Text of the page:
Now, after more than seven decades of extroverted U.S. foreign policy, the American electorate is finally demanding an end to liberal internationalism and its replacement with a foreign policy of global restraint, retrenchment, and a return to realist principles rooted in narrow self-interest. In stark contrast with liberal hegemony, realism champions a narrow definition of the national interest, which does not include things like democracy promotion, humanitarian intervention, the responsibility to protect people from atrocities or the advocacy of human rights abroad, or nation building.
The puzzle is not why Americans have finally decided to elect a president who campaigned on an “America First” brand of realism, but rather why it took so long to close the breach between elites and the public. Two key causal drivers explain the rise in demand for a new realist American foreign policy.
The first is rooted in dramatic shifts in power at the global, regional, and actor levels of analysis. Since the beginning of the twenty-first century, foreign policy experts have been predicting that the United States’ days as global hegemon are coming to a close. China, they claim, will soon overtake the U.S. to become the world leader. True, the past decade has witnessed an unprecedented transfer of wealth and power roughly from West to East. It remains highly unlikely, however, that this movement signals the emergence of a new Chinese century. Rather than asking themselves which country will assume world leader status, foreign-policy observers ought to be asking themselves whether the concept of global hegemony still applies in our era. The world may no longer behold a single superpower or group of superpowers that brings order to international politics. Instead, it will have a variety of actors—including nations, multinational corporations, ideological movements, global crime and terror groups, and human rights organizations—jockeying with each other and exerting different kinds of power, mostly unsuccessfully, to achieve their goals. Defined by increasing numbers of power centers, of which none wields global authority or exerts constructive influence—where the power to block, disable, damage, and destroy has triumphed over the power to adopt, enable, repair, and build—the world is becoming more ungovernable than ever before.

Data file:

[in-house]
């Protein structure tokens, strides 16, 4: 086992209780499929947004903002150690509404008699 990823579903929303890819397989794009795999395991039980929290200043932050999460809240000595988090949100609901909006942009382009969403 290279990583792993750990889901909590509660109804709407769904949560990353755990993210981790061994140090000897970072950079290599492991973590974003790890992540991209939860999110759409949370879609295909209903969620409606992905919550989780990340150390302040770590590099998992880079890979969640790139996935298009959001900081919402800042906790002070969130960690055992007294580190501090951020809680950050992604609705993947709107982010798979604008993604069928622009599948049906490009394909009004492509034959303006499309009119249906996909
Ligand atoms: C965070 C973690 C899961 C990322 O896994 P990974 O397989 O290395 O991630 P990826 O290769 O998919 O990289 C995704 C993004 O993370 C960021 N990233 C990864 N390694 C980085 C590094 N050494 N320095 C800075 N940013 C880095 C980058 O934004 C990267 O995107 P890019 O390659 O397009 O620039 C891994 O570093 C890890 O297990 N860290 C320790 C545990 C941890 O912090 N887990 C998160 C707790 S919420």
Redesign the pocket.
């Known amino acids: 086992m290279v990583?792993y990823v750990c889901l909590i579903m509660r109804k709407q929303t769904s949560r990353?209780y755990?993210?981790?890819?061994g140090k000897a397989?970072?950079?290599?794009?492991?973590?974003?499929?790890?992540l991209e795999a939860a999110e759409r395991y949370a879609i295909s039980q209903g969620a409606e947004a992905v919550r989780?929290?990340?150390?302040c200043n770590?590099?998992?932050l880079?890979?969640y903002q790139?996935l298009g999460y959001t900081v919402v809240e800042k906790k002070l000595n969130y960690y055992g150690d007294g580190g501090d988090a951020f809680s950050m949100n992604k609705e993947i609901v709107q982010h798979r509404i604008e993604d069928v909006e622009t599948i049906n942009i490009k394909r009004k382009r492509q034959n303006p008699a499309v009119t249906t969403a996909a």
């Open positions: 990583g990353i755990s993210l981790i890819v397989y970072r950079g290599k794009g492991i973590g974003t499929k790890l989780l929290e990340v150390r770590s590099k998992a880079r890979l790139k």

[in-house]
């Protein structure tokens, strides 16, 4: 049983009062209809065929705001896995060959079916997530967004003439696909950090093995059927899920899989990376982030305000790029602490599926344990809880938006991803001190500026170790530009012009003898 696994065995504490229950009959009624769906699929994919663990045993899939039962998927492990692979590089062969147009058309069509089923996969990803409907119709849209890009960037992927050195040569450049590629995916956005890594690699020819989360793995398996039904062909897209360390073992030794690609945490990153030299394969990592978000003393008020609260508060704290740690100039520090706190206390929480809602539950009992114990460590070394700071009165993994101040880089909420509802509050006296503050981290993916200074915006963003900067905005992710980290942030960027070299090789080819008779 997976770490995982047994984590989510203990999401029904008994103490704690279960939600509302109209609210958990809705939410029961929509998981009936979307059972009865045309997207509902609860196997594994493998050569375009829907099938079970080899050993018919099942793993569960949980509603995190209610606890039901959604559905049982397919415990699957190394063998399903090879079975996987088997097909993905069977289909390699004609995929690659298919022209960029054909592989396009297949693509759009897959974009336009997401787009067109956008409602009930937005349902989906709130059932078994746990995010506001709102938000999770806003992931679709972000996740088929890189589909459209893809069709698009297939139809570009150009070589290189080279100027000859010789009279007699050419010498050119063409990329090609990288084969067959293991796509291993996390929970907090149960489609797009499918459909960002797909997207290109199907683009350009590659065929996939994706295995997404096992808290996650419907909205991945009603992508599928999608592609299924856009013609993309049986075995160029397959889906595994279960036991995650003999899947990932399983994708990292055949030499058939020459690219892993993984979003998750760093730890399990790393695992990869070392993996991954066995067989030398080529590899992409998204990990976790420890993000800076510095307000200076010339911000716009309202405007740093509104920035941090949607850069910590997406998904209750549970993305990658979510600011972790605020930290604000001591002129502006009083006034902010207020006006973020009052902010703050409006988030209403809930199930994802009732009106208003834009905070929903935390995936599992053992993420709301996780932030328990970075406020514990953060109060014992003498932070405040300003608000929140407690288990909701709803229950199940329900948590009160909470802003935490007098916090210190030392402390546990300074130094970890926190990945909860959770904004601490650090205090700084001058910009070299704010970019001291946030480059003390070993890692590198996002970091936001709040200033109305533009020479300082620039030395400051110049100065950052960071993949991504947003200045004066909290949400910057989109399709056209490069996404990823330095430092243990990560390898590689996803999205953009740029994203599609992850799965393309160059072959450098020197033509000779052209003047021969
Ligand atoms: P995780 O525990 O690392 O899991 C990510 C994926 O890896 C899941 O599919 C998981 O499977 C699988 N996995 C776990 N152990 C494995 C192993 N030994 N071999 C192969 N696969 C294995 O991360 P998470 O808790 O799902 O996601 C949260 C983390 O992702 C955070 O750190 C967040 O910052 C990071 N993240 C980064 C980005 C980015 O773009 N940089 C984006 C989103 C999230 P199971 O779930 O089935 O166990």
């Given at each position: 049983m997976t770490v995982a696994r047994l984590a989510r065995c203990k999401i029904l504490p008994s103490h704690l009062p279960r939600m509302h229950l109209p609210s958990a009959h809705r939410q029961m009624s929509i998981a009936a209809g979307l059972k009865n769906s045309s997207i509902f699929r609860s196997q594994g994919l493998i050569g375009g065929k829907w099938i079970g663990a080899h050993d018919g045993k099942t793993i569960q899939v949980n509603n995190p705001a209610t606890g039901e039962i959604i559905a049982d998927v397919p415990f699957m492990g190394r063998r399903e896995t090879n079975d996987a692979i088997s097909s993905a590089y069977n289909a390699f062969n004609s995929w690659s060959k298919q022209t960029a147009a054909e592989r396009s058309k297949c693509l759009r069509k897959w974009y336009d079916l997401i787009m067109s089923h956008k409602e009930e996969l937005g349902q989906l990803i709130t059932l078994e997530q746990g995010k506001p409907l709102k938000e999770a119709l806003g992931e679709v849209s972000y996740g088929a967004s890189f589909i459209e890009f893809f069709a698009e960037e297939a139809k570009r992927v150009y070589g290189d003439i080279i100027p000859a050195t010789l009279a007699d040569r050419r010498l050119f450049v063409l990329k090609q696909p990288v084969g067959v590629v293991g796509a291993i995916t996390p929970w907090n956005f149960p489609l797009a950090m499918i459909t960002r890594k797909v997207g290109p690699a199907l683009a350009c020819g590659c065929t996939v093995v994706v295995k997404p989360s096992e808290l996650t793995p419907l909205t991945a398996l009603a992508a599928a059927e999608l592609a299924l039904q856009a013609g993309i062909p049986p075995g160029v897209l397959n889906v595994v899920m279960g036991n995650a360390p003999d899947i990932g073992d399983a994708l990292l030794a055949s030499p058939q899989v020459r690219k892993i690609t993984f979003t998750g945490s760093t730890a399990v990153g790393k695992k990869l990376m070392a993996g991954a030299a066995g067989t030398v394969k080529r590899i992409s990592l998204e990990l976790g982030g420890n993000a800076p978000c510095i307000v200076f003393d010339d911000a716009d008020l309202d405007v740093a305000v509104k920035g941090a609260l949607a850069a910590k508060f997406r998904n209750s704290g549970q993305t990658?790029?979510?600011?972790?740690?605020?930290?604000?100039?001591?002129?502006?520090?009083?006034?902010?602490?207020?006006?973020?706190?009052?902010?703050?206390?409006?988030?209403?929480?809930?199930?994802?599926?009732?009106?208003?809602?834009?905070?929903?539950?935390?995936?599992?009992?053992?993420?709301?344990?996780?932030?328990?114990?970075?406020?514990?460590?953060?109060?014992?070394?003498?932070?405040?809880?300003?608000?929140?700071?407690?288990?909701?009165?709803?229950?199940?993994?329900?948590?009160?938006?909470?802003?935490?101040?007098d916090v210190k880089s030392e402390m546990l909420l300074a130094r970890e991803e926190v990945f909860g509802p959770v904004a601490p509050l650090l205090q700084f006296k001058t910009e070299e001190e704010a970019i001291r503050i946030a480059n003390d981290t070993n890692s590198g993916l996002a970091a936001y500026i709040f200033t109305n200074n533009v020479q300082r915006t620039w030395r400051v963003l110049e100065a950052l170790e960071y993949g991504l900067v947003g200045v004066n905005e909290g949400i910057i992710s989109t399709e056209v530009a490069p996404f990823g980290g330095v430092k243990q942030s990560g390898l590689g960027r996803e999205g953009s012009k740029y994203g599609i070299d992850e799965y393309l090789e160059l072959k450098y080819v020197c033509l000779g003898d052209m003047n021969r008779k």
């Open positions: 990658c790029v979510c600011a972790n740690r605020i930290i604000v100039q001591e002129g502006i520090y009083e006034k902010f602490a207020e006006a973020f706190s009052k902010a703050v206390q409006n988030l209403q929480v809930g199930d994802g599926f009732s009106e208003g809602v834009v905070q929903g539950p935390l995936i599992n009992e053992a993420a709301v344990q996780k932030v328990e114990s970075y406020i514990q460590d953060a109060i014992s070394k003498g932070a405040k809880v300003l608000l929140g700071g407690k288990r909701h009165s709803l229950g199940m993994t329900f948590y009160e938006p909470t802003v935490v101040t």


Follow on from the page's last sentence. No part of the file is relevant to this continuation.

The second factor is the creation of entirely new conditions of existence and thought as the result of modern scientific and technological advances. The sheer pace and volume of cross-border flows of just about everything, from capital, manufactured goods, people, greenhouse gases, weapons, drugs, information, and viruses has become a veritable fire hose, largely beyond the control of governments or any other authority, for that matter. Advances in technology and globalization continue, as they have in the past, to benefit disproportionately a small number of people in high technology and finance while undermining the middle classes, whose median incomes have been stagnating in real terms since the 1970s. In response, many Americans want an end to the cosmopolitan sympathies of their leaders, who see their main ethical imperative as working for the betterment of humanity in general. Taking a nationalist view, these Americans see such cosmopolitan-borderless loyalties as treasonous and want their leaders to put their own country and citizens first. Globalization and automation are tearing asunder the socioeconomic model that undergirded postwar prosperity and domestic social peace. Hence, we see the rise of political and economic nationalism consistent with Realism—which some confuse and conflate with populism. Whatever the next stage of capitalist development, it will surely challenge the foundations of both the global liberal order and many of its national pillars.
This highly competitive and tightly coupled world has been exerting unrelenting pressure on the United States and its citizens. It is not surprising, therefore, that economic nationalism resonates with middle and working-class Americans, who think that China, among other countries, has taken advantage of U.S. free-trade policies and lack of protection for domestic industries to steal jobs and manufacturing businesses that should be those of Americans. Broadly put, there exists sufficient compulsion in the United States’ external environment for its citizens to insist on narrowly self-interested foreign policies within an explicitly realist grand strategy—one that, in both its economic and security dimensions, unabashedly puts American interests first. Little wonder that they elected a billionaire businessman with highly touted deal-making skills, who, they believe, will fight as an economic nationalist to keep manufacturing jobs in this country rather than letting the vagaries of markets and globalization decide the fates of working class Americans.